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JMU baseball huddles before its matchup against Bowling Green on March 6, 2021.

“James Madison University, in coordination with the Colonial Athletic Association, has suspended spring sport competitions until further notice due to the COVID-19 pandemic.”

One year ago, JMU Athletics announced the suspension of spring sports following the cancellation of the CAA women’s basketball championship in Elon, North Carolina. Competition never resumed, locker rooms cleared out and maskless games were no more.

“I think that everyone kind of understand that to be flexible and do whatever we have to do keep playing,” JMU baseball redshirt junior pitcher Justin Showalter said. “Especially after missing last year, they’d do just about anything to get back out on the field and stay on the field for a full season this year.”

Women’s basketball was possibly hit the hardest out of all JMU sports in the shutdown a year ago women’s basketball was the No. 2 seed in the CAA tournament with a good chance to make it to the title game. The Dukes had one of their best senior classes in recent years, yet never won a CAA title — 2020 was their chance. Before JMU had the chance to take the court, the CAA canceled the competition. The seniors played their last game in the purple and gold and didn’t know it.

Thursday, JMU competed in the CAA championship against Northeastern for the first time in two years. The Dukes took down the Huskies 81-65 on Thursday to win their first CAA tournament game since 2018, and they play Drexel on Friday. After a season of uncertainty, new protocols and a season unlike any other, JMU women’s basketball is making its case in the CAA tournament.

“I thought we came out ready to go,” head coach Sean O’Regan said. “I was really proud of our balance and our effort.”

When JMU suspended athletics, seniors were left with uncertainty and without closure. Would they return to Harrisonburg? Did COVID-19 take away their chance to finish their career at JMU?

Thanks to a redshirt eligibility rule granted by the NCAA, seniors were offered the chance to return for one more season in the spring. Teams took advantage, and with the redshirt tag, everyone got a second chance.

JMU baseball was on pace for its first conference-winning season since 2011 before COVID-19 struck Harrisonburg. Even though the Diamond Dukes’ lineup was young, they weren’t without experience and started the season hot at 10-6. 

JMU opened its 2021 campaign at the University of North Carolina in Chapel Hill on Feb. 12-14. In a weekend series, the Dukes went 0-3 before returning home to Veterans Memorial Park where they only took one game against Bowling Green. Showalter said that even though JMU is off to a rocky start, it just takes time to blend a team after a long time off.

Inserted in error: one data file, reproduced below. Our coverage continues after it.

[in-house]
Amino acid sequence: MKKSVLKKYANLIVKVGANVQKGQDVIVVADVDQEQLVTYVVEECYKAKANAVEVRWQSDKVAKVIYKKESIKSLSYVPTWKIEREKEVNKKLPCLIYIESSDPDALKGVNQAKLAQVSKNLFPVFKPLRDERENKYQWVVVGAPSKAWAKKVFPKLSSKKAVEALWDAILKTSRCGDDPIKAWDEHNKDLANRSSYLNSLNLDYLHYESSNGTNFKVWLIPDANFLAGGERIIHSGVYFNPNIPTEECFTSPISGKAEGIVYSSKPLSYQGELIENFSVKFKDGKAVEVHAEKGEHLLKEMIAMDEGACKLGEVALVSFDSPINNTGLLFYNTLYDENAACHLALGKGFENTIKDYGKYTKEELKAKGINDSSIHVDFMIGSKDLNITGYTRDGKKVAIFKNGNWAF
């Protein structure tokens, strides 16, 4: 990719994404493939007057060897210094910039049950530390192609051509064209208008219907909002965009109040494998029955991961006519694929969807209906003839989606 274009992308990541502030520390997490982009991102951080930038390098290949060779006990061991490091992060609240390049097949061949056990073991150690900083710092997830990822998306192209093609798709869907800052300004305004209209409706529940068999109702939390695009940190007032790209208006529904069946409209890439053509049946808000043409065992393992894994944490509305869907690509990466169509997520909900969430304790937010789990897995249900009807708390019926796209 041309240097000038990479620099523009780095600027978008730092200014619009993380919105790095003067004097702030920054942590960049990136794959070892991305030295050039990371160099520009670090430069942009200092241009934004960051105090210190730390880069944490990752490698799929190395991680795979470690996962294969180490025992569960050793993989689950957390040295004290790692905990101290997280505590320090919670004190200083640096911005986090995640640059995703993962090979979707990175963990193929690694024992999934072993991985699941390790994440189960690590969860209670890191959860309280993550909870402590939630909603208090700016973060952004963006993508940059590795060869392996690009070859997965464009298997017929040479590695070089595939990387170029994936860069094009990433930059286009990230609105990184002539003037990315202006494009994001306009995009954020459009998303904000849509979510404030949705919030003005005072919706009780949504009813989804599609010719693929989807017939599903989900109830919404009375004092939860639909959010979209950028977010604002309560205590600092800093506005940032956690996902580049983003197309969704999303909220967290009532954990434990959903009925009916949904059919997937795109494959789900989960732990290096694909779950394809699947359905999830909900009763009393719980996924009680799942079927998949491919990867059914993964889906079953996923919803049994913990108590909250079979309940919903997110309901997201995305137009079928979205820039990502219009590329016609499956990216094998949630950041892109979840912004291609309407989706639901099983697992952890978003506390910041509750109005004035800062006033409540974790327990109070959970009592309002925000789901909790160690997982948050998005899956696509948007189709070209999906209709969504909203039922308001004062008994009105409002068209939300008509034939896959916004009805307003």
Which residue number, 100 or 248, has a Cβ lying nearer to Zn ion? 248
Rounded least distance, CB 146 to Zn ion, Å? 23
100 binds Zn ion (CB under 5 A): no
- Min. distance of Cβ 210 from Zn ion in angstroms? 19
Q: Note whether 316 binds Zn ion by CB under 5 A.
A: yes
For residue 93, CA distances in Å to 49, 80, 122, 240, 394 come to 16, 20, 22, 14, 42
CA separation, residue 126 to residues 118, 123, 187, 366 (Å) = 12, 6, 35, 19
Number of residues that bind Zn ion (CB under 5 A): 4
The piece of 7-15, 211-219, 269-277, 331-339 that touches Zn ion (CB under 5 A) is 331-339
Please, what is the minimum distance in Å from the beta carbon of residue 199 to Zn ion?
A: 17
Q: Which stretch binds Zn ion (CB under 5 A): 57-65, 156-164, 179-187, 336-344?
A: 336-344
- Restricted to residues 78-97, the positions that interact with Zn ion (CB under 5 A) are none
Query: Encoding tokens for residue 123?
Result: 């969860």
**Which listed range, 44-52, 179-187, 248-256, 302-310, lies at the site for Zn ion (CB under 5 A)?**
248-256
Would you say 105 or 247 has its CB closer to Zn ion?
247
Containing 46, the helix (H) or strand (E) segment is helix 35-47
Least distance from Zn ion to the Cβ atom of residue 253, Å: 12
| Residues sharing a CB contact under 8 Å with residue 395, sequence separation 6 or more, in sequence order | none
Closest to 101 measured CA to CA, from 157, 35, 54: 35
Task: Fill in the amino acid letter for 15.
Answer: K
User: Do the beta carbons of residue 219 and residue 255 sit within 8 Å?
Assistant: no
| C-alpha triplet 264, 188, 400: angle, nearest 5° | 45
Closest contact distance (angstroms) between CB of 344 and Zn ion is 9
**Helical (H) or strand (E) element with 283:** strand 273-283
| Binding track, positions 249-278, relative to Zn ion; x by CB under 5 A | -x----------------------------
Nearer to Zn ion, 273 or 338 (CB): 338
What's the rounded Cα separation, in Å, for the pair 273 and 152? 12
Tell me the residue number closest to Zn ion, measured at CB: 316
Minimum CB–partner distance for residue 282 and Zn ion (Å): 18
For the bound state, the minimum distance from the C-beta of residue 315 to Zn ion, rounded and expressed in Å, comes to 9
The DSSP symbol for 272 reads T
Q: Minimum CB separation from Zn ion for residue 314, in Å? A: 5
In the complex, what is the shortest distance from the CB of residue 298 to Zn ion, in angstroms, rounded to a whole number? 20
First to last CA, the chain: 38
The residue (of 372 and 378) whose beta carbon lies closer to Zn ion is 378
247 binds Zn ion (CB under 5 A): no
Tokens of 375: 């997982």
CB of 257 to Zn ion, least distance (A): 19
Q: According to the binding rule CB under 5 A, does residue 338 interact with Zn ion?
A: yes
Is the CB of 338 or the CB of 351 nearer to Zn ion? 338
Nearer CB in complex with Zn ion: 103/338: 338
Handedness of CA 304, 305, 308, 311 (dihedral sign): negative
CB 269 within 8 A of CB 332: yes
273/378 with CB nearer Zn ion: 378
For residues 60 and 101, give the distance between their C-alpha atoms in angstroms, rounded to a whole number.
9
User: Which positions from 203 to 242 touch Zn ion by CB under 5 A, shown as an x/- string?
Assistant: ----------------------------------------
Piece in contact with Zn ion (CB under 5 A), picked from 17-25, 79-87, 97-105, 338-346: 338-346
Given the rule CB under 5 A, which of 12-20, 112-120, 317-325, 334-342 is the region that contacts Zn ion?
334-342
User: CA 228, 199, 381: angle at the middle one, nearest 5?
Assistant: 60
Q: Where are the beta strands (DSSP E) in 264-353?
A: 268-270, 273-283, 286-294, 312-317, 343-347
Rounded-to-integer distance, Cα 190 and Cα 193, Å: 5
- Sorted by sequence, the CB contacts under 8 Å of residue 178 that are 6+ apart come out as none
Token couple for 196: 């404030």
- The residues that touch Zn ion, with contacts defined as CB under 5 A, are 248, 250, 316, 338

“The team definitely has all the pieces we need,” Showalter said. “The goal hasn’t changed, even after these first two weekends: We still hope to go deep into the postseason and put together a really special season.”

With the cancellation of the spring, athletes needed to keep up a good mentality. The time into a season includes all the hours in the workout room and the study lounge and running games notes in one’s head, all which doesn’t account for the on-field preparation. Redshirt junior pitcher Grayson Jones said keeping up mentally was a big part of what kept him locked in when he started training in the summer.

“All of us kept in pretty good contact throughout the summer,” Jones said. “I think the constant communication and contact from our coaches and from our team was something that kept us motivated.”

It wasn’t only women’s basketball and baseball who were affected by the shutdown. All of JMU’s spring activities took a hit, including softball, track & field, men’s and women’s golf, men’s and women’s tennis, and lacrosse.

Heading into all the coming seasons, a weight was lifted off the shoulders of the spring athletes. Hearing about losing the season is difficult, and adjusting to new COVID-19 protocols at top of it can be a lot. Athletes are ready to get back on the field and baseball redshirt junior catcher Michael Morgan added that the training during the summer was all about the team — not falling behind, and being ready for every opportunity.

“Going almost half a year without playing baseball would’ve been super hard,” Morgan said. “Trying to get back into it would’ve been tough, and it was nice to get an opportunity to play this summer.”

Spring sports are back in action a year later, and most are just as good as they were in 2020. Friday, JMU lacrosse plays Wofford a year after a cancellation at Sentara Park. According to  O’Regan, everyone’s ready want to move on, but at the same time they have something to prove. COVID-19 was just a bump in the road, and no matter the adjustments made, they keep on driving.

“We just have to keep getting better,” Morgan said. “We have to keep our heads up and keep sticking to our values.”

Contact Savannah Reger breezesports@gmail.com. For more sports coverage, follow the sports desk on Twitter @TheBreezeSports.